"When the criminal becomes the hero, the focus is on the wrong person," she said. "If the drug dealer is your friend, he's still selling poison to someone else's child."

- Minors should have curfews to keep them off the streets at the most dangerous times of the day.

Wright said she was excited by Clint Bryant's attempt to "fire up and organize the community to fight back." She pointed to the work of area neighborhood associations that have worked together to curb crime near their homes.

"None of this is new and none of it is revolutionary," she said of her positions. "But it seems to the norm for fewer people each year."

Judge Carlisle Overstreet

Judge Carlisle Overstreet wants children to get the attention they need at home when they're young, not in his courtroom years later.

Overstreet has served on the bench in the Augusta Judicial Circuit for the past 19 years and was the victim of a burglary last summer in which he fatally shot an intruder.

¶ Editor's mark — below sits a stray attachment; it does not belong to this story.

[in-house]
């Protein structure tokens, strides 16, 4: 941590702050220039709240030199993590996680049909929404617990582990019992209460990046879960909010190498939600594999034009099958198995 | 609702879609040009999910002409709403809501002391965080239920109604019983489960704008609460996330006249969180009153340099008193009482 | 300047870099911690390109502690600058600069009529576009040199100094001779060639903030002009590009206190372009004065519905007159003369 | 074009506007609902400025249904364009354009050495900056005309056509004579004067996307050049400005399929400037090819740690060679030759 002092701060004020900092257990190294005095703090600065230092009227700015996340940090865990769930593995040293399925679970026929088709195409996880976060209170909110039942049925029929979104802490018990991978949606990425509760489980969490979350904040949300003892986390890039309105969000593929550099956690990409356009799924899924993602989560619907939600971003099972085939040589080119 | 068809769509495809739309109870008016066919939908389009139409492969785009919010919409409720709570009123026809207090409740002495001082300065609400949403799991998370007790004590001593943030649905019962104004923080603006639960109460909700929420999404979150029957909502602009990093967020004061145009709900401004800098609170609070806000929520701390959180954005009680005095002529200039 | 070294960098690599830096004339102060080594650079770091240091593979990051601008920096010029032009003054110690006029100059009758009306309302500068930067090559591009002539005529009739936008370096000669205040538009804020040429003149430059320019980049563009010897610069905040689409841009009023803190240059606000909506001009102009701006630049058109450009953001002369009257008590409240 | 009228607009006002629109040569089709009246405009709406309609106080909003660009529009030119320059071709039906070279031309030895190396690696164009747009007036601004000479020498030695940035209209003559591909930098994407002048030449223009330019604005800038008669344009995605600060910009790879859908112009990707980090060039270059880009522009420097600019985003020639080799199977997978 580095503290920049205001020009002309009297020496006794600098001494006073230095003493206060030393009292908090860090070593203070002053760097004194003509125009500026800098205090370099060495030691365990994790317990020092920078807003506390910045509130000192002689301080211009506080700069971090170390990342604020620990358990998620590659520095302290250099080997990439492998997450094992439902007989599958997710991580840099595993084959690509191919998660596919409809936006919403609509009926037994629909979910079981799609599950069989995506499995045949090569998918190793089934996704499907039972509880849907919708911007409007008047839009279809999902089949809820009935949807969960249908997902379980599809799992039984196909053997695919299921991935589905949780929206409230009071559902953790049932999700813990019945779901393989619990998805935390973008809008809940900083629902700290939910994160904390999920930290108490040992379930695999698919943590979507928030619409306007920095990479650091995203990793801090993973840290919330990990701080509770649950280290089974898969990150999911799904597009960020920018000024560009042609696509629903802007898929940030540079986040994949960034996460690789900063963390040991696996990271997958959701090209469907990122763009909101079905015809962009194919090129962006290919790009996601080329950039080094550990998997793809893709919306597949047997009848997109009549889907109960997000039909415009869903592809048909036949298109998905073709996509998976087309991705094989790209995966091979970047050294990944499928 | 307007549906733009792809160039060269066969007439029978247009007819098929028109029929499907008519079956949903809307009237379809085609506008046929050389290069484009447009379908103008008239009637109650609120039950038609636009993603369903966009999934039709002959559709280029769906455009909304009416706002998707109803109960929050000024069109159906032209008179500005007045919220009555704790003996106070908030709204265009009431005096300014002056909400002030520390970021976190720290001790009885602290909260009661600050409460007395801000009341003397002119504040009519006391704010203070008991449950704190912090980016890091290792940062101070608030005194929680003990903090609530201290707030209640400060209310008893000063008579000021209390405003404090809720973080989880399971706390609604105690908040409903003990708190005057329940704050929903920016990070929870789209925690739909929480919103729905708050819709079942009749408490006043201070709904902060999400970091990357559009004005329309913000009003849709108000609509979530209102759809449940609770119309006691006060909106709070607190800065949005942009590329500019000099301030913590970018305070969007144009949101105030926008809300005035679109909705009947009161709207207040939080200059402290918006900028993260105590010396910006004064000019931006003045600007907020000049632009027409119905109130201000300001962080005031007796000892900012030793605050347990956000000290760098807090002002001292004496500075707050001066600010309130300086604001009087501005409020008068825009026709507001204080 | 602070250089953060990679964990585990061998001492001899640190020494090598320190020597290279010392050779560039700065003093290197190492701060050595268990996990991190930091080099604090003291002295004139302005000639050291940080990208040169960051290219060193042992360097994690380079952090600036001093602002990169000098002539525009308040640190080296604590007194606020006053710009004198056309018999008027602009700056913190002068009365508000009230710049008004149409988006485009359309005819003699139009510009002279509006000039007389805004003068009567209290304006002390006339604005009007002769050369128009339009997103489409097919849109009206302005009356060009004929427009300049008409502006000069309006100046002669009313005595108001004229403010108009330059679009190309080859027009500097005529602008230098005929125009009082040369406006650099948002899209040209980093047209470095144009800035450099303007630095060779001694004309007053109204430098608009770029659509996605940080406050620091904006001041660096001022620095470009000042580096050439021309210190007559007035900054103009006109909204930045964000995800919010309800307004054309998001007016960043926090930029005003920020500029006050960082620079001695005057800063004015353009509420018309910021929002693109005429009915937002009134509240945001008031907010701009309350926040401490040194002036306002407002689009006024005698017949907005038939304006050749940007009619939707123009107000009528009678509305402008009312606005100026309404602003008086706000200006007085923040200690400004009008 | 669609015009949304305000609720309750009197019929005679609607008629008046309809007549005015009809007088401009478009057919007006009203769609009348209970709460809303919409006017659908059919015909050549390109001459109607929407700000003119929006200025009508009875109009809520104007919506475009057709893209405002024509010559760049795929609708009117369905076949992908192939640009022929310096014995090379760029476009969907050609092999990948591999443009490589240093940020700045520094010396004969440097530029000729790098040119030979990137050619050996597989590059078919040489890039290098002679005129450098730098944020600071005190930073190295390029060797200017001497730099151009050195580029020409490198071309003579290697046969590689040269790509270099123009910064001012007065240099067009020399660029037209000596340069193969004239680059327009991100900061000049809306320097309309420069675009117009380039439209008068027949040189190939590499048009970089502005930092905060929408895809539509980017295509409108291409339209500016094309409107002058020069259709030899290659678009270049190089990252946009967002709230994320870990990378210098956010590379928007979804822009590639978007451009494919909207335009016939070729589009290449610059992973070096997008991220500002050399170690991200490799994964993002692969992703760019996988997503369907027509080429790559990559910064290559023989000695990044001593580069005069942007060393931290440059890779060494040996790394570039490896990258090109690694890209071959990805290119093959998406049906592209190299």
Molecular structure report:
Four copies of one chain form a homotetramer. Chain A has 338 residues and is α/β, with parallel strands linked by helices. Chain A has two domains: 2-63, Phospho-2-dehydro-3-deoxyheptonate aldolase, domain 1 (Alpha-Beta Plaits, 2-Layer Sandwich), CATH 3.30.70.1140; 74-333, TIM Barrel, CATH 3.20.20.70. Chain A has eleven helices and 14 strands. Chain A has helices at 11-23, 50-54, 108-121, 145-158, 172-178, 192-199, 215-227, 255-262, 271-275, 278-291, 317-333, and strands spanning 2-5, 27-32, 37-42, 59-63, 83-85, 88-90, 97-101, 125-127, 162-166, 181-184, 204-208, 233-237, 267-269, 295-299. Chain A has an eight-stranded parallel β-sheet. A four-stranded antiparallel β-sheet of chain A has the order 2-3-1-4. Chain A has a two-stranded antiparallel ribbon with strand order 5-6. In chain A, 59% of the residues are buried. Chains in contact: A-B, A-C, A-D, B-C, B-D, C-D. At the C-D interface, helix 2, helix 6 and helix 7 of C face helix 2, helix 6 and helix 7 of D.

He said two things should be done. The first is easy: Increase funding for law enforcement so more deputies are on the streets. The second isn't quite as simple.

"I think you have to make parents more responsible for their children," he said.

Overstreet, who has two grown sons, said he's not sure how that could be enforced but that the lack of parental involvement, along with drugs, is one of the main causes of crime in the community.

"There is no silver bullet for that either, except attention," he said. "You just have to keep up with them."